A Voyage to Arcturus HTML version

"Then you assert that Surtur is already there?"
"Surtur is where he is. He is a great traveller."
"Won't I see him?"
Krag went up to him and looked him in the eyes. "Don't forget that you have asked for it,
and wanted it. Few people in Tormance will know more about him than you do, but your
memory will be your worst friend."
He led the way up a short iron ladder, mounting through a trap to the flat roof above.
When they were up, he switched on a small electric torch.
Maskull beheld with awe the torpedo of crystal that was to convey them through the
whole breadth of visible space. It was forty feet long, eight wide, and eight high; the tank
containing the Arcturian back rays was in front, the car behind. The nose of the torpedo
was directed toward the south-eastern sky. The whole machine rested upon a flat
platform, raised about four feet above the level of the roof, so as to encounter no
obstruction on starting its flight.
Krag flashed the light on to the door of the car, to enable them to enter. Before doing so,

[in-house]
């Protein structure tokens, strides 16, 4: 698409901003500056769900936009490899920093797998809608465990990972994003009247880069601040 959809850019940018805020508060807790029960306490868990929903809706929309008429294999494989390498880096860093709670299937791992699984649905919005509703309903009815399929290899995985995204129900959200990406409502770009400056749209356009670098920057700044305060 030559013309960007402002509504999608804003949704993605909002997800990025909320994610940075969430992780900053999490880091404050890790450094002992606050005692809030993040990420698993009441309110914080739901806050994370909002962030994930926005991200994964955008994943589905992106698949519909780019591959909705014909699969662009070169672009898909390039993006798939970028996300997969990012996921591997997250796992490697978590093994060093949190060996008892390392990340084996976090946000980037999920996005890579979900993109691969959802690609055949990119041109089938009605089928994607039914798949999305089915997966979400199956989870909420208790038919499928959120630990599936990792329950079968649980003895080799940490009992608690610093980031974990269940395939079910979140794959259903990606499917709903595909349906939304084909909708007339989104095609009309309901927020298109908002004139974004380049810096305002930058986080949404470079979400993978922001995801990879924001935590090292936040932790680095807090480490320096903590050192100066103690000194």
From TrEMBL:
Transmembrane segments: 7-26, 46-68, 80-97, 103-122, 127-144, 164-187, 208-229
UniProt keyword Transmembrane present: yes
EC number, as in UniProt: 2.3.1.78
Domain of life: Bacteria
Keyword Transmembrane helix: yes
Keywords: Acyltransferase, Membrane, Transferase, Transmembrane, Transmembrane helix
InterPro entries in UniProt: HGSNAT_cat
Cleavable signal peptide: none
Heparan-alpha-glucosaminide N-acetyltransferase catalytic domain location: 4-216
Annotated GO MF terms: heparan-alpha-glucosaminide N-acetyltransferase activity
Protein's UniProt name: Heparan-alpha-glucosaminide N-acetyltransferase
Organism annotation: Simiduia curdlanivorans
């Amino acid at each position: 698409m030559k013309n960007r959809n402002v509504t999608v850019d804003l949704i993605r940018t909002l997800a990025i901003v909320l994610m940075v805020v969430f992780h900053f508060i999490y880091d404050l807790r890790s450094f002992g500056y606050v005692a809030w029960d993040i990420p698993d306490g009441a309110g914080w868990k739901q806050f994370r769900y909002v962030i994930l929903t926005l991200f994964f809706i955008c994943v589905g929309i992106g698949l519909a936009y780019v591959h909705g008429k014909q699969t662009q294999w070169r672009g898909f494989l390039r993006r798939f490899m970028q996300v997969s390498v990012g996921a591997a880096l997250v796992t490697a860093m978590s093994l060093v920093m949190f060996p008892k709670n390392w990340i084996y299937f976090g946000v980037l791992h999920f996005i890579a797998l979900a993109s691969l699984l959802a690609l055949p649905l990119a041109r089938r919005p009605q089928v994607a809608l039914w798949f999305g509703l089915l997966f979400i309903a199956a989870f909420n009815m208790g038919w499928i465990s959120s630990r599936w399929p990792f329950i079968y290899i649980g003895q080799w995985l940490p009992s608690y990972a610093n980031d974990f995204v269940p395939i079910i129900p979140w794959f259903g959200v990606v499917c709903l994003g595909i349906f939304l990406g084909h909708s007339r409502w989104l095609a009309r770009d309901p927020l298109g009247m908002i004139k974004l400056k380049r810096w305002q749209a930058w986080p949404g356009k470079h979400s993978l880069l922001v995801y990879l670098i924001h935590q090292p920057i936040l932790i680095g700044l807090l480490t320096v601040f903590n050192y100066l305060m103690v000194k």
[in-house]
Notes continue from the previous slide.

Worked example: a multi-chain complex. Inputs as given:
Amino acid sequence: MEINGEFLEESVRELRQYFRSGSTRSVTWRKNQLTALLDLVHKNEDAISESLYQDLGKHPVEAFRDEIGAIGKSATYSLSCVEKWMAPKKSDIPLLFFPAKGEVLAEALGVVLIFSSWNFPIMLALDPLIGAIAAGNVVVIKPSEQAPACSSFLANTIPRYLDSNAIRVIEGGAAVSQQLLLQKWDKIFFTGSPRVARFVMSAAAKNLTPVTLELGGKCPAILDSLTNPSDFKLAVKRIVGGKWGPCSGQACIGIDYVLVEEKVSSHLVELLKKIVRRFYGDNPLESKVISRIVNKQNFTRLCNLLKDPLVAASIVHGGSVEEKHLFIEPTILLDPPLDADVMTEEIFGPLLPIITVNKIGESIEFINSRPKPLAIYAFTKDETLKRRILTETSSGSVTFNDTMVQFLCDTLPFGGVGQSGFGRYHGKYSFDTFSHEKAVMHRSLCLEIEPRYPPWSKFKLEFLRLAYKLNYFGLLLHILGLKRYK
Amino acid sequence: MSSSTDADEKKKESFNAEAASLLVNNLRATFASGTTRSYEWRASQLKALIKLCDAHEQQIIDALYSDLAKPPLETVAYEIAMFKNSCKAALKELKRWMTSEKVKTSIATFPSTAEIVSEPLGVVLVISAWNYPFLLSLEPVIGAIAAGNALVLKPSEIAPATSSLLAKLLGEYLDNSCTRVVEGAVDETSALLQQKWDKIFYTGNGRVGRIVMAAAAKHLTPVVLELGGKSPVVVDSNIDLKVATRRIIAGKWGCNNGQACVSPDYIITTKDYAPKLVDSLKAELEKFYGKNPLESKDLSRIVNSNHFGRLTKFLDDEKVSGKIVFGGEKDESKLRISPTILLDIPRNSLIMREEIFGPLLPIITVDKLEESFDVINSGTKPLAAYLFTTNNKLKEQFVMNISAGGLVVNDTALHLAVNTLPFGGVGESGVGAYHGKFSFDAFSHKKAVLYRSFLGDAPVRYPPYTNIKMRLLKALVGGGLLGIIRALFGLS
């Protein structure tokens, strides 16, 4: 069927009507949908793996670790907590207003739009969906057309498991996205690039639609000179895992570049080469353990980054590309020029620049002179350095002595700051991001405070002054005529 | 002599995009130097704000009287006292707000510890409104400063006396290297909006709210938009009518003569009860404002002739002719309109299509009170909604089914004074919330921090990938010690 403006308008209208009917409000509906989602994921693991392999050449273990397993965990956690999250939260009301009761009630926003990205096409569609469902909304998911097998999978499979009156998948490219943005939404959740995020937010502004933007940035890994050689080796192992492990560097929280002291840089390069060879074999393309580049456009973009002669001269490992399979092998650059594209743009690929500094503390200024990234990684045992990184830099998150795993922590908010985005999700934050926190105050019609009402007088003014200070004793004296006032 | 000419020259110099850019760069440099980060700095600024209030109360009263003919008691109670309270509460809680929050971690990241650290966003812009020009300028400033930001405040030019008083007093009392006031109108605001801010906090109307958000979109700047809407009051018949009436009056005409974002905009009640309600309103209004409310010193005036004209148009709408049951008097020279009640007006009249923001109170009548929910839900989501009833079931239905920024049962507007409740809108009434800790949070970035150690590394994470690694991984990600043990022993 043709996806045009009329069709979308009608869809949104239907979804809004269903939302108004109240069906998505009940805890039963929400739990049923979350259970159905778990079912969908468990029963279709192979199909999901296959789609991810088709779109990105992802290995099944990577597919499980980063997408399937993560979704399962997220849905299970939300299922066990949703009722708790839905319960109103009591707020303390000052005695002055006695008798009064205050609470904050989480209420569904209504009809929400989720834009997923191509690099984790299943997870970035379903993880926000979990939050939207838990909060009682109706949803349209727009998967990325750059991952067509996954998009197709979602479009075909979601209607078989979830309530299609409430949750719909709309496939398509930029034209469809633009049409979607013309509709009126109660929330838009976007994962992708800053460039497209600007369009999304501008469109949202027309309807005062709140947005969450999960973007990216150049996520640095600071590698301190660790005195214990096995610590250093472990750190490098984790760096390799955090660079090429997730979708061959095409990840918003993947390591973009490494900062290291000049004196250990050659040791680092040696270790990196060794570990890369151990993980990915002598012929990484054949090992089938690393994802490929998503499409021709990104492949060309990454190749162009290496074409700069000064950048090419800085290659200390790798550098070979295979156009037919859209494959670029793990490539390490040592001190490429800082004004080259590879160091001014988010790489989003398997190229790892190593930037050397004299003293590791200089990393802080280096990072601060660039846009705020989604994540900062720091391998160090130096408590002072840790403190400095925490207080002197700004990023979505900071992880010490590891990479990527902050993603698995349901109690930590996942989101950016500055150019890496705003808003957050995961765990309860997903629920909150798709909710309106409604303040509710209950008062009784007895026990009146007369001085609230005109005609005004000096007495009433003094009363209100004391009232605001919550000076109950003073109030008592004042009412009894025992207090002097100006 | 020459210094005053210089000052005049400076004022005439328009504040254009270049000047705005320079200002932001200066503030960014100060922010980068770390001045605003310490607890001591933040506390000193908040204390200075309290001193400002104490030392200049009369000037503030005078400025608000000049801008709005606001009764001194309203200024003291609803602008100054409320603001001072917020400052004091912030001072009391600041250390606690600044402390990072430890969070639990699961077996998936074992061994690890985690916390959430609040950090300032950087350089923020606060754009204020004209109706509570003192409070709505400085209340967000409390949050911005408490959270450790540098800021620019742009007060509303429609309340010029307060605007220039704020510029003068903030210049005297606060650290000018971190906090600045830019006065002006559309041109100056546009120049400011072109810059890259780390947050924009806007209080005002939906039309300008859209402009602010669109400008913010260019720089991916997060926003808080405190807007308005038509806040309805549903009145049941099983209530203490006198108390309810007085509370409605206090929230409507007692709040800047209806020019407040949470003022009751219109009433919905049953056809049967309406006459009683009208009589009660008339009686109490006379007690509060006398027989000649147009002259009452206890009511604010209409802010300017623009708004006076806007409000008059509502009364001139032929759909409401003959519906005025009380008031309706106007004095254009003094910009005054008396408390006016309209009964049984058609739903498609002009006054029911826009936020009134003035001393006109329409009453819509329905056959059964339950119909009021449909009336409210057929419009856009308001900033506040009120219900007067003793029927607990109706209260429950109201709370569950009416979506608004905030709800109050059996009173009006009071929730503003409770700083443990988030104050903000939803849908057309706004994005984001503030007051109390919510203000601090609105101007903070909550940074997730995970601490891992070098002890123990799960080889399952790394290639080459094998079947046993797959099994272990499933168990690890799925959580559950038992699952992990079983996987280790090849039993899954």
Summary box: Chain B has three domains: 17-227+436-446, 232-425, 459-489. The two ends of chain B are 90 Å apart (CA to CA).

Maskull gazed sternly once again at the gigantic, far - distant star, which was to be their
sun from now onward. He frowned, shivered slightly, and got in beside Nightspore. Krag
clambered past them onto his pilot's seat. He threw the flashlight through the open door,
which was then carefully closed, fastened, and screwed up.
He pulled the starting lever. The torpedo glided gently from its platform, and passed
rather slowly away from the tower, seaward. Its speed increased sensibly, though not
excessively, until the approximate limits of the earth's atmosphere were reached. Krag
then released the speed valve, and the car sped on its way with a velocity more nearly
approaching that of thought than of light.
Maskull had no opportunity of examining through the crystal walls the rapidly changing
panorama of the heavens. An extreme drowsiness oppressed him. He opened his eyes
violently a dozen times, but on the thirteenth attempt he failed. From that time forward he
slept heavily.
The bored, hungry expression never left Nightspore's face. The alterations in the aspect of
the sky seemed to possess not the least interest for him.
Krag sat with his hand on the lever, watching with savage intentness his phosphorescent
charts and gauges.